Welcome to Media Insider, PR Newswire’s round-up of media stories from the week.
DIGIDAY | LUCIA MOSES
Google expands its tool for publishers to combat ad blocking
Google announced earlier this week its plan to expand a tool for publishers to deal with ad-block software users. The tool, called Funding Choices, was launched a year ago in the U.S. and a few other markets and now is expanding to 31 countries in Europe and Canada. After users have viewed a certain amount of articles, the tool works by prompting or requiring those users to turn off ad blockers. At this point, publishers will have the opportunity to either “serve a dismissible message; serve a message that requires ad blocker users to pay after viewing a certain number of articles; or block their access until they turn off their ad blocker or pay for an ad-free experience through another program called Google Contributor,” Digiday reports. The goal is to get users to pay for an ad-free experience when visiting publisher’s websites.
More on the future of ad-blocking: Ad-blocking browser Brave signs up Dow Jones Media Group as a partner
THE NEW YORK TIMES | NELLIE BOWLES
Report for America Supports Journalism Where Cutbacks Hit Hard
As local newsrooms continue to diminish, one group of journalists has decided to do something about it. Report for America, a nonprofit organization modeled after AmeriCorps, hopes to place 1,000 journalists in understaffed newsrooms by 2022. Although the initiative currently is in its pilot stage, it already has placed three reporters in Appalachia and has chosen nine more, from 740 applicants, to be deployed across the country this June. Steven Waldman and Charles Sennott, two media veterans, upstarted the project with funding from sponsors. “People are applying for the same reason people want to go into the Peace Corps: There’s an idealistic desire to help communities, and there’s a sense of adventure,” Mr. Waldman told The New York Times. Report for America fellowships currently last one to two years and pays around $40,000.
More on the crisis of local journalism: New York Times top editor on journalism’s ‘biggest crisis’
BUZZFEED | PRANAV DIXIT
Facebook Has Finally Started Fact-Checking Fake News In Its Largest Market
Facebook has announced its efforts to start fact-checking news in India. With more than 240 million users, Facebook has partnered with Boom — an independent, Mumbai-based fact-checking organization — to run a pilot project for the Indian state of Karnataka. As part of the partnership, Boom will review, fact check, and rate accuracy on any English-language news stories shared on the platform that are flagged by users. In a Facebook blog post published earlier this week, Facebook wrote, “We are beginning small and know it is important to learn from this test and listen to our community as we continue to update ways for people to understand what might be false news in their News Feed.” With several key state elections coming up this year like the one in Karnataka, launching a fact-checking partnership in India is a significant step to help prevent the spread of misinformation and propaganda.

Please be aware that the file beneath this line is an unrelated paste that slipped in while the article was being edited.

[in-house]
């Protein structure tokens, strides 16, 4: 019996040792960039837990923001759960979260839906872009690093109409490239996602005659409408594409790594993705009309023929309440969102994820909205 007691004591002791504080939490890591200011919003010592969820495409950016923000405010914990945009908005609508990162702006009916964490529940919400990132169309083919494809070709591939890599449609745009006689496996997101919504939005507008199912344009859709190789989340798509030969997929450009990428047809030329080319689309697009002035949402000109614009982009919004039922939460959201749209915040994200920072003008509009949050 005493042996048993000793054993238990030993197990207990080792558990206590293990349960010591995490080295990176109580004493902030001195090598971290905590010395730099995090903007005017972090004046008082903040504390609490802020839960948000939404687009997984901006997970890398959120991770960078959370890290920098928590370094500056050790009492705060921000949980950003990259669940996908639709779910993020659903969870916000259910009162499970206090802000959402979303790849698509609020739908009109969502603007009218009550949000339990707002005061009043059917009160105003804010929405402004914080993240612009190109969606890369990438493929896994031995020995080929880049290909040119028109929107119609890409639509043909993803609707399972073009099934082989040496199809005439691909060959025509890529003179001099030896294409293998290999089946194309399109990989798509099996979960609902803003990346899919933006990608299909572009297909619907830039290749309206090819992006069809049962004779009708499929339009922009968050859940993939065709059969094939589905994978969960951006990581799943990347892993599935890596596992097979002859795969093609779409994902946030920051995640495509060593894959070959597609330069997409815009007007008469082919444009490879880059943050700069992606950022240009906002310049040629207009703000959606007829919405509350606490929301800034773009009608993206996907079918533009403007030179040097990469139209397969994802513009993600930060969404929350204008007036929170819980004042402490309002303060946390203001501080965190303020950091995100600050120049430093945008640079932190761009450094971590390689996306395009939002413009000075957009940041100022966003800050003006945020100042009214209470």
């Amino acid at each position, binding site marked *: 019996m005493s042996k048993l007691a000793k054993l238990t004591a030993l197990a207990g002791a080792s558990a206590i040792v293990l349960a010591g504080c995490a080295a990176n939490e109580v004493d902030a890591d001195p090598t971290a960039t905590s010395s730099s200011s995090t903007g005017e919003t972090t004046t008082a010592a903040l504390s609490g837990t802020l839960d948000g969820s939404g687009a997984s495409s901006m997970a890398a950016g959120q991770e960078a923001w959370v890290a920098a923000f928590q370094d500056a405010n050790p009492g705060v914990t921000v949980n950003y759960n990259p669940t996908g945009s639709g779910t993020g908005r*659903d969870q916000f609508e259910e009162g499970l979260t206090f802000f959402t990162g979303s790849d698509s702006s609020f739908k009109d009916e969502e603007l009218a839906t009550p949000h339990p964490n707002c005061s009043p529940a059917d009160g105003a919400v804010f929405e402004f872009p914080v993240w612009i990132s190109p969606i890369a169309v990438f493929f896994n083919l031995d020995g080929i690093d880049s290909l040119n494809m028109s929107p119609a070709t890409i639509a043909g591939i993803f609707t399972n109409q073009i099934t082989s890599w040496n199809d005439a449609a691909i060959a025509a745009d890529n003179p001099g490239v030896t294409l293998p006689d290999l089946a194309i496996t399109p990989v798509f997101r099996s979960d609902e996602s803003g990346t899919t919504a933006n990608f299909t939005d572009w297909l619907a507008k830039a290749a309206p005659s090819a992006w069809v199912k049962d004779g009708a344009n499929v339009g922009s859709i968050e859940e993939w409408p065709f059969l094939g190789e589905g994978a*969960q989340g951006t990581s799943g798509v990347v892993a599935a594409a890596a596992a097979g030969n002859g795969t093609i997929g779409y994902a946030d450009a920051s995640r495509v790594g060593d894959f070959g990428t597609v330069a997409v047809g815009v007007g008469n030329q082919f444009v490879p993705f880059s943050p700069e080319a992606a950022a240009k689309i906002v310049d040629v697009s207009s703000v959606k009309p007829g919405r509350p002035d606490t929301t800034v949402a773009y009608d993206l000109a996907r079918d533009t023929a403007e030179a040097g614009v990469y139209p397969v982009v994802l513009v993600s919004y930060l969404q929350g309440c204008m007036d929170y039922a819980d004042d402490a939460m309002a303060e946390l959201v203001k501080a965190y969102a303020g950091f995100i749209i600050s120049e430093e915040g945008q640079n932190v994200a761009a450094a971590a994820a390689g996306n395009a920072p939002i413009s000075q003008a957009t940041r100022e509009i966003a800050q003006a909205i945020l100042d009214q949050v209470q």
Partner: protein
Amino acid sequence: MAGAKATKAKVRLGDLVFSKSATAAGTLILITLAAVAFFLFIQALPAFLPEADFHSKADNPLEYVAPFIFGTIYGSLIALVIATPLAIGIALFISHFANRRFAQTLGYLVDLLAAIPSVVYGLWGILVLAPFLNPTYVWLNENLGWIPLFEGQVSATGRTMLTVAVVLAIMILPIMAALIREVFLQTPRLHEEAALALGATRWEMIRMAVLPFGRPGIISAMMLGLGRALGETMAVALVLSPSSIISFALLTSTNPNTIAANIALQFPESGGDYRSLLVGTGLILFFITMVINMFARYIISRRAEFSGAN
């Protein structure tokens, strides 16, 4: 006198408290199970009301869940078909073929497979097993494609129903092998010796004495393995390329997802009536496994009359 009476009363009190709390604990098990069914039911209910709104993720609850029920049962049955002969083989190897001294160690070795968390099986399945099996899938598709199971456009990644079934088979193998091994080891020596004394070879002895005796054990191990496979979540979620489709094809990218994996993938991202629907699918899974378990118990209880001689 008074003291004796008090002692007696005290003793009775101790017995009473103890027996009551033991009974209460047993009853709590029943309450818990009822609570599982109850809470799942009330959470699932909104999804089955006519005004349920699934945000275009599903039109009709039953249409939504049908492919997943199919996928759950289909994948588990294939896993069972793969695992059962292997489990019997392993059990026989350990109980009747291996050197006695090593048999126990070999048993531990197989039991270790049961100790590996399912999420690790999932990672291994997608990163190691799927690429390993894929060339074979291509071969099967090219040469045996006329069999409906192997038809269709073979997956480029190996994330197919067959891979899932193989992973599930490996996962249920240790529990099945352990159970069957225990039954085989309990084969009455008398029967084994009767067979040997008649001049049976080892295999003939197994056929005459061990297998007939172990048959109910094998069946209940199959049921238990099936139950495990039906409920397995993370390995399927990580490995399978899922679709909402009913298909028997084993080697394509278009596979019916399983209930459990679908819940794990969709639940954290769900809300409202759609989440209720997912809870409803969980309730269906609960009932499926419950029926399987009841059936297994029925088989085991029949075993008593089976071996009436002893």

Check out the full blog post from Facebook here: Announcing third-party fact-checking in India
AXIOS | SARA FISCHER
Cheddar launches two networks on YouTube TV
Cheddar, the live streaming financial news network for millennials, announced plans to launch its original tech and business-focused news network and a new general news network, Cheddar Big News, on YouTube TV. Cheddar hopes this partnership will help broaden its reach among news consumers who are ditching cable packages for cheaper, digital bundles. Cheddar Big News will first launch on YouTube TV and then later appear on Dish’s Sling TV and Philo. It also will have a few big name content partners, such as AccuWeather, VSiN, FanSided, and The Coca-Cola Company. Cheddar President Jon Steinberg told AXIOS that “with the launch of Cheddar Big News, we now have a national news and a business news network.”
Cheddar continues to grow: Cheddar’s digital news network is coming to Hulu, too
DIGIDAY | TIM PETERSON
Instagram Stories have become traffic drivers for publishers and influencers
In an era when obtaining user loyalty is crucial, publishers have turned to Instagram Stories to help convert audiences into devoted ones. Adam Wescott, partner and co-founder of talent management firm Select Management Group, told Digiday that roughly only 2 percent to 5 percent of impressions on Instagram Stories that include links will lead to a swipe-up. However, “those swipe-ups lead to sign-ups, which is leading more publishers and influencers to use Instagram Stories as an audience acquisition tool,” Wescott reports. First Media, the publisher of So Yummy, has seen an increase in subscriptions to its email newsletter through using links in Instagram Stories. Because of algorithm changes on other social media platforms, such as Facebook, “having someone sign up from a swipe-up on an Instagram Story is worth more in lifetime value than sign-ups from people who came across an article on Facebook,” said Yuval Rechter, head of digital at First Media.
Read how else publishers are utilizing Instagram Stories: Publishers are treating Instagram Stories like episodic TV
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Joanna Giannell is a Senior Customer Content Specialist with PR Newswire. She is also an animal lover and music enthusiast. Tune into her insights as a social curator at @PRNpets.